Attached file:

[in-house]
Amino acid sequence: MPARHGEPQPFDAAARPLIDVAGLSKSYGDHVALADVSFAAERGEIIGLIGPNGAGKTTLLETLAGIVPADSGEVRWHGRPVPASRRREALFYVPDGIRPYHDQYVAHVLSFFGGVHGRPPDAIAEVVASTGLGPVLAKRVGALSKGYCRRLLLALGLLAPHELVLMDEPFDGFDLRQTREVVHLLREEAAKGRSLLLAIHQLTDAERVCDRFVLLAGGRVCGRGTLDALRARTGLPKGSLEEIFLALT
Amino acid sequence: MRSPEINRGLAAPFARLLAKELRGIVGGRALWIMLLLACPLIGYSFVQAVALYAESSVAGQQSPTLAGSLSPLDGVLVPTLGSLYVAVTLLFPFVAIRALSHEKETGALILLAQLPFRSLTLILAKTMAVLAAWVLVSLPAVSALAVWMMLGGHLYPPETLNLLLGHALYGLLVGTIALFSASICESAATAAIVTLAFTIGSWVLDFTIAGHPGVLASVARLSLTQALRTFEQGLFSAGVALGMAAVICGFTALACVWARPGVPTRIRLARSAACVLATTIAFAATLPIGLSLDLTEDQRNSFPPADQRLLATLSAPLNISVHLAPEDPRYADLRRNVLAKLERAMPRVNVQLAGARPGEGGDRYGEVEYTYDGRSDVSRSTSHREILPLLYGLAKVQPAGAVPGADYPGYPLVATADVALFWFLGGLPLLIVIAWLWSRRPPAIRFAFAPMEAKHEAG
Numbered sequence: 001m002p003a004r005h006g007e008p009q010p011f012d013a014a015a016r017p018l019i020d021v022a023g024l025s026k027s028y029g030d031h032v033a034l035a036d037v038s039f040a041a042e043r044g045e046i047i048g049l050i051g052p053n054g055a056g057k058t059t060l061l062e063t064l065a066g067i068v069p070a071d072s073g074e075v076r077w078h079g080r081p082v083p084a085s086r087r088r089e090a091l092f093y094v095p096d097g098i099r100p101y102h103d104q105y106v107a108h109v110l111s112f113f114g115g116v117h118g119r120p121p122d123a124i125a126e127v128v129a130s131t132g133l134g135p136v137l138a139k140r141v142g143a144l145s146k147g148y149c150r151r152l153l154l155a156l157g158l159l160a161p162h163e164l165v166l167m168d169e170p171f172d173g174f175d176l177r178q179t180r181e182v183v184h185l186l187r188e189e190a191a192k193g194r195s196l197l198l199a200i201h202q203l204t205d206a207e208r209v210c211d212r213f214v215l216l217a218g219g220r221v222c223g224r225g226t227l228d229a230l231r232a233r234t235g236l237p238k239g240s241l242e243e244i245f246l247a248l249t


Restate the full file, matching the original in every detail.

[in-house]
Amino acid sequence: MPARHGEPQPFDAAARPLIDVAGLSKSYGDHVALADVSFAAERGEIIGLIGPNGAGKTTLLETLAGIVPADSGEVRWHGRPVPASRRREALFYVPDGIRPYHDQYVAHVLSFFGGVHGRPPDAIAEVVASTGLGPVLAKRVGALSKGYCRRLLLALGLLAPHELVLMDEPFDGFDLRQTREVVHLLREEAAKGRSLLLAIHQLTDAERVCDRFVLLAGGRVCGRGTLDALRARTGLPKGSLEEIFLALT
Amino acid sequence: MRSPEINRGLAAPFARLLAKELRGIVGGRALWIMLLLACPLIGYSFVQAVALYAESSVAGQQSPTLAGSLSPLDGVLVPTLGSLYVAVTLLFPFVAIRALSHEKETGALILLAQLPFRSLTLILAKTMAVLAAWVLVSLPAVSALAVWMMLGGHLYPPETLNLLLGHALYGLLVGTIALFSASICESAATAAIVTLAFTIGSWVLDFTIAGHPGVLASVARLSLTQALRTFEQGLFSAGVALGMAAVICGFTALACVWARPGVPTRIRLARSAACVLATTIAFAATLPIGLSLDLTEDQRNSFPPADQRLLATLSAPLNISVHLAPEDPRYADLRRNVLAKLERAMPRVNVQLAGARPGEGGDRYGEVEYTYDGRSDVSRSTSHREILPLLYGLAKVQPAGAVPGADYPGYPLVATADVALFWFLGGLPLLIVIAWLWSRRPPAIRFAFAPMEAKHEAG
Numbered sequence: 001m002p003a004r005h006g007e008p009q010p011f012d013a014a015a016r017p018l019i020d021v022a023g024l025s026k027s028y029g030d031h032v033a034l035a036d037v038s039f040a041a042e043r044g045e046i047i048g049l050i051g052p053n054g055a056g057k058t059t060l061l062e063t064l065a066g067i068v069p070a071d072s073g074e075v076r077w078h079g080r081p082v083p084a085s086r087r088r089e090a091l092f093y094v095p096d097g098i099r100p101y102h103d104q105y106v107a108h109v110l111s112f113f114g115g116v117h118g119r120p121p122d123a124i125a126e127v128v129a130s131t132g133l134g135p136v137l138a139k140r141v142g143a144l145s146k147g148y149c150r151r152l153l154l155a156l157g158l159l160a161p162h163e164l165v166l167m168d169e170p171f172d173g174f175d176l177r178q179t180r181e182v183v184h185l186l187r188e189e190a191a192k193g194r195s196l197l198l199a200i201h202q203l204t205d206a207e208r209v210c211d212r213f214v215l216l217a218g219g220r221v222c223g224r225g226t227l228d229a230l231r232a233r234t235g236l237p238k239g240s241l242e243e244i245f246l247a248l249t